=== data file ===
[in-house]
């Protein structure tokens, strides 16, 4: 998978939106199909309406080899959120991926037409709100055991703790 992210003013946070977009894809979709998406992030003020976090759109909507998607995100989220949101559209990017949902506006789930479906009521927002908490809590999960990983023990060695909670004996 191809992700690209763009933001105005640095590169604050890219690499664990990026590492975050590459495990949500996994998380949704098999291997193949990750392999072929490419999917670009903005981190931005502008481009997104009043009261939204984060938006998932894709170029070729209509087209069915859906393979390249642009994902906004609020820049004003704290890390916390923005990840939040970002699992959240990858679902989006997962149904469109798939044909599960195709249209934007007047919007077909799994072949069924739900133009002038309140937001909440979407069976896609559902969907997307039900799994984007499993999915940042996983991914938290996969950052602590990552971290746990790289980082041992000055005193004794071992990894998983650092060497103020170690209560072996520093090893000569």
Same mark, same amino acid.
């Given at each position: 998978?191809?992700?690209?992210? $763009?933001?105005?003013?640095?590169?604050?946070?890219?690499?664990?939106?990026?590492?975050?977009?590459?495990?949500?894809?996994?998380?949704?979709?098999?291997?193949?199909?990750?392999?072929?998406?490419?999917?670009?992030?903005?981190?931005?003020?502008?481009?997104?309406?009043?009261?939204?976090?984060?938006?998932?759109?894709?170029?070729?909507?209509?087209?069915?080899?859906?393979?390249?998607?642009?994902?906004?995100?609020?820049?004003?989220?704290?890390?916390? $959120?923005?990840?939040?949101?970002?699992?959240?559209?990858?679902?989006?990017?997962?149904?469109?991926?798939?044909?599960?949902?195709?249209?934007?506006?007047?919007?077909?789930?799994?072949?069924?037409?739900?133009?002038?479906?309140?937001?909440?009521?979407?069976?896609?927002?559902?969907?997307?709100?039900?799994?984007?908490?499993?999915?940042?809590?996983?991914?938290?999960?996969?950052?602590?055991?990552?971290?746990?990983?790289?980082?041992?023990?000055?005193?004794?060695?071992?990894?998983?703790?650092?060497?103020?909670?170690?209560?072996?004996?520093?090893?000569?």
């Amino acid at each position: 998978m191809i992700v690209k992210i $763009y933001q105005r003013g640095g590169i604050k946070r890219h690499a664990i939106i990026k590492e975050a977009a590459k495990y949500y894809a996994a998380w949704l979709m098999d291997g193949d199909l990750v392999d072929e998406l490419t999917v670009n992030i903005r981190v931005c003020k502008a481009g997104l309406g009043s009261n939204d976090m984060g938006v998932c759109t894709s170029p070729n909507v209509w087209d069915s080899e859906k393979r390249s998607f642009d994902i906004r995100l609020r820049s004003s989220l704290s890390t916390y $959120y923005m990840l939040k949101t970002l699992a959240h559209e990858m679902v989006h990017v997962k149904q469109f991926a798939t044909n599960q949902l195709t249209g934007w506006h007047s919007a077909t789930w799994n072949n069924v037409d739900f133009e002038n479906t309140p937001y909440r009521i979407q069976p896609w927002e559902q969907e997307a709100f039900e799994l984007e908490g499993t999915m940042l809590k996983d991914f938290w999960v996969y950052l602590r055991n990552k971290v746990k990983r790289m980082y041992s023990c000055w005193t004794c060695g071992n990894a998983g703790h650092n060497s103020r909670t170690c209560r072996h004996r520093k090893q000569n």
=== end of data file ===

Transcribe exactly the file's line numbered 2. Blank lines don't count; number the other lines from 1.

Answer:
């Protein structure tokens, strides 16, 4: 998978939106199909309406080899959120991926037409709100055991703790 992210003013946070977009894809979709998406992030003020976090759109909507998607995100989220949101559209990017949902506006789930479906009521927002908490809590999960990983023990060695909670004996 191809992700690209763009933001105005640095590169604050890219690499664990990026590492975050590459495990949500996994998380949704098999291997193949990750392999072929490419999917670009903005981190931005502008481009997104009043009261939204984060938006998932894709170029070729209509087209069915859906393979390249642009994902906004609020820049004003704290890390916390923005990840939040970002699992959240990858679902989006997962149904469109798939044909599960195709249209934007007047919007077909799994072949069924739900133009002038309140937001909440979407069976896609559902969907997307039900799994984007499993999915940042996983991914938290996969950052602590990552971290746990790289980082041992000055005193004794071992990894998983650092060497103020170690209560072996520093090893000569």